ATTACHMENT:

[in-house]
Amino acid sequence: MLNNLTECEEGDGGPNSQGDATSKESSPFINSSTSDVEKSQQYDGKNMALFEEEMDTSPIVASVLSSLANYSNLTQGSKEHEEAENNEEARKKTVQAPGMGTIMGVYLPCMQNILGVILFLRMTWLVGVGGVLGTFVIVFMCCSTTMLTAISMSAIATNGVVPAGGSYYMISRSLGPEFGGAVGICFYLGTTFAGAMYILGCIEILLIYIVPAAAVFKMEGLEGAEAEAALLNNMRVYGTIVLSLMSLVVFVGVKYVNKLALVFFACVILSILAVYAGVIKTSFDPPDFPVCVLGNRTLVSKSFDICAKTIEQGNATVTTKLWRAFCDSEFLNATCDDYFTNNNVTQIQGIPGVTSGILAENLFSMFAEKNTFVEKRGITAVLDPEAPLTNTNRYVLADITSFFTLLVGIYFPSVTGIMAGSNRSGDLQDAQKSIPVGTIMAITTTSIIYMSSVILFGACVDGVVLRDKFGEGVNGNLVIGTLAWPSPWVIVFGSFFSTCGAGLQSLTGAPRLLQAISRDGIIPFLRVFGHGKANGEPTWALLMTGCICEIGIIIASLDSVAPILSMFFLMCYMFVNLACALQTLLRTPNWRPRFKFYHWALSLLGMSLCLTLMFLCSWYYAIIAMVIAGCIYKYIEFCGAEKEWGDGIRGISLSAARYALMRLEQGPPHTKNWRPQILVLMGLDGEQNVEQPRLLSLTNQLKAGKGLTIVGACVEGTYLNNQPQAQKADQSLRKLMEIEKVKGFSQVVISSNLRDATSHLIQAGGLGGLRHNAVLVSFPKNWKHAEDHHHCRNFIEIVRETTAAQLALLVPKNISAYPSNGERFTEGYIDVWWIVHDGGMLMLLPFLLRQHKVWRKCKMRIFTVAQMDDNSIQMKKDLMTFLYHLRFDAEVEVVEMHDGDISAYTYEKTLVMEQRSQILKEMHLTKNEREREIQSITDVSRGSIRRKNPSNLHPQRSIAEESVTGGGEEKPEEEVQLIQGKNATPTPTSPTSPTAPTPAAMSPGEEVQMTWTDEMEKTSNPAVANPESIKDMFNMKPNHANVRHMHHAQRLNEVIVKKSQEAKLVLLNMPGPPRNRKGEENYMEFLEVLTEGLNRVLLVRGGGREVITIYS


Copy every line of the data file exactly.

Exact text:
[in-house]
Amino acid sequence: MLNNLTECEEGDGGPNSQGDATSKESSPFINSSTSDVEKSQQYDGKNMALFEEEMDTSPIVASVLSSLANYSNLTQGSKEHEEAENNEEARKKTVQAPGMGTIMGVYLPCMQNILGVILFLRMTWLVGVGGVLGTFVIVFMCCSTTMLTAISMSAIATNGVVPAGGSYYMISRSLGPEFGGAVGICFYLGTTFAGAMYILGCIEILLIYIVPAAAVFKMEGLEGAEAEAALLNNMRVYGTIVLSLMSLVVFVGVKYVNKLALVFFACVILSILAVYAGVIKTSFDPPDFPVCVLGNRTLVSKSFDICAKTIEQGNATVTTKLWRAFCDSEFLNATCDDYFTNNNVTQIQGIPGVTSGILAENLFSMFAEKNTFVEKRGITAVLDPEAPLTNTNRYVLADITSFFTLLVGIYFPSVTGIMAGSNRSGDLQDAQKSIPVGTIMAITTTSIIYMSSVILFGACVDGVVLRDKFGEGVNGNLVIGTLAWPSPWVIVFGSFFSTCGAGLQSLTGAPRLLQAISRDGIIPFLRVFGHGKANGEPTWALLMTGCICEIGIIIASLDSVAPILSMFFLMCYMFVNLACALQTLLRTPNWRPRFKFYHWALSLLGMSLCLTLMFLCSWYYAIIAMVIAGCIYKYIEFCGAEKEWGDGIRGISLSAARYALMRLEQGPPHTKNWRPQILVLMGLDGEQNVEQPRLLSLTNQLKAGKGLTIVGACVEGTYLNNQPQAQKADQSLRKLMEIEKVKGFSQVVISSNLRDATSHLIQAGGLGGLRHNAVLVSFPKNWKHAEDHHHCRNFIEIVRETTAAQLALLVPKNISAYPSNGERFTEGYIDVWWIVHDGGMLMLLPFLLRQHKVWRKCKMRIFTVAQMDDNSIQMKKDLMTFLYHLRFDAEVEVVEMHDGDISAYTYEKTLVMEQRSQILKEMHLTKNEREREIQSITDVSRGSIRRKNPSNLHPQRSIAEESVTGGGEEKPEEEVQLIQGKNATPTPTSPTSPTAPTPAAMSPGEEVQMTWTDEMEKTSNPAVANPESIKDMFNMKPNHANVRHMHHAQRLNEVIVKKSQEAKLVLLNMPGPPRNRKGEENYMEFLEVLTEGLNRVLLVRGGGREVITIYS